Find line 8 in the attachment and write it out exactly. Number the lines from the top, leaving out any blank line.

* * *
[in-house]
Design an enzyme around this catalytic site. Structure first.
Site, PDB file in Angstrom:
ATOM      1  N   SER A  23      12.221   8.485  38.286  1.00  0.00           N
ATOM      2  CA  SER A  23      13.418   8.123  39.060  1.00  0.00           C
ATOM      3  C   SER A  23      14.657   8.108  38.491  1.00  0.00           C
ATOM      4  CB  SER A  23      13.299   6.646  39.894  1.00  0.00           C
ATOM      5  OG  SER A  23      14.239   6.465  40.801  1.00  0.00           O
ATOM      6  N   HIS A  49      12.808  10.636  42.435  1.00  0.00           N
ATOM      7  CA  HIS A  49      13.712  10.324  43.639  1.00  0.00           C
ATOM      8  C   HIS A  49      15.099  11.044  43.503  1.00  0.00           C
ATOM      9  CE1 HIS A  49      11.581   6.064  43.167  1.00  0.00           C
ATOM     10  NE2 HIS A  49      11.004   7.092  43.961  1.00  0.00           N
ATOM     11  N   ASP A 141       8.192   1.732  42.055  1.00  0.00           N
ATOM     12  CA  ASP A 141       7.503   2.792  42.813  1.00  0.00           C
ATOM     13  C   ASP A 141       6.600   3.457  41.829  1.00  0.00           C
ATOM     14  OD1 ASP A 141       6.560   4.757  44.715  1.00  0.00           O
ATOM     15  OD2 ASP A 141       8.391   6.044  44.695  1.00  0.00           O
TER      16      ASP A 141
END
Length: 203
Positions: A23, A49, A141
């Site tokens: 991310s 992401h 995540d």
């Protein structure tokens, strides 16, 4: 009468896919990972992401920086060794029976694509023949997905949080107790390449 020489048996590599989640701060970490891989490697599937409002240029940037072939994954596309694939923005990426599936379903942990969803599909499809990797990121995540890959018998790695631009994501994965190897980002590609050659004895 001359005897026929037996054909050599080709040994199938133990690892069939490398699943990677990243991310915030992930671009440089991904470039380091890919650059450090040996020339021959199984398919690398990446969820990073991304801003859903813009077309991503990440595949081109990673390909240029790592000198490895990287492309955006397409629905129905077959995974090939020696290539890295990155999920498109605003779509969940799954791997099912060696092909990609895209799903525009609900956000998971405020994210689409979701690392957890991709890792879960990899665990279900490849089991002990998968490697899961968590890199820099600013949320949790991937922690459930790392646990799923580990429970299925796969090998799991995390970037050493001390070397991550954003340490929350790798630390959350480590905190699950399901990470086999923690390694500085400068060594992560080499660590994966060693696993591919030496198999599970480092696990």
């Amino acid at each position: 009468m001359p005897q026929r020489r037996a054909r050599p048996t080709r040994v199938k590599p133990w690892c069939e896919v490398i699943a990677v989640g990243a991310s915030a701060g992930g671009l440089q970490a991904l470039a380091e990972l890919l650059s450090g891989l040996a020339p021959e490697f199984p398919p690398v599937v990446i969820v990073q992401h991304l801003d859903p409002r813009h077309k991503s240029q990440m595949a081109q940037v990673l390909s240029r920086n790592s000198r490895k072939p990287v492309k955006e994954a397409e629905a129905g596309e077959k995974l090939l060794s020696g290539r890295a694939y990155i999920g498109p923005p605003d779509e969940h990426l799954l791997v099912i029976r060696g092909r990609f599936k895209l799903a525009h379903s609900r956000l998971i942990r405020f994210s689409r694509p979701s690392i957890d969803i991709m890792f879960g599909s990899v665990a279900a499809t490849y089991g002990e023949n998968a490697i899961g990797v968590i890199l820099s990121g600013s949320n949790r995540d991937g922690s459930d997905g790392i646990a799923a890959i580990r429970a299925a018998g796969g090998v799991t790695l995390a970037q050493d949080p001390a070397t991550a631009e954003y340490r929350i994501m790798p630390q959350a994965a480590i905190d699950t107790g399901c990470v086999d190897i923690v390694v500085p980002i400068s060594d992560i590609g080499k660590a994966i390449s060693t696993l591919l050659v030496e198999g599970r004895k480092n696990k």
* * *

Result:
ATOM      5  OG  SER A  23      14.239   6.465  40.801  1.00  0.00           O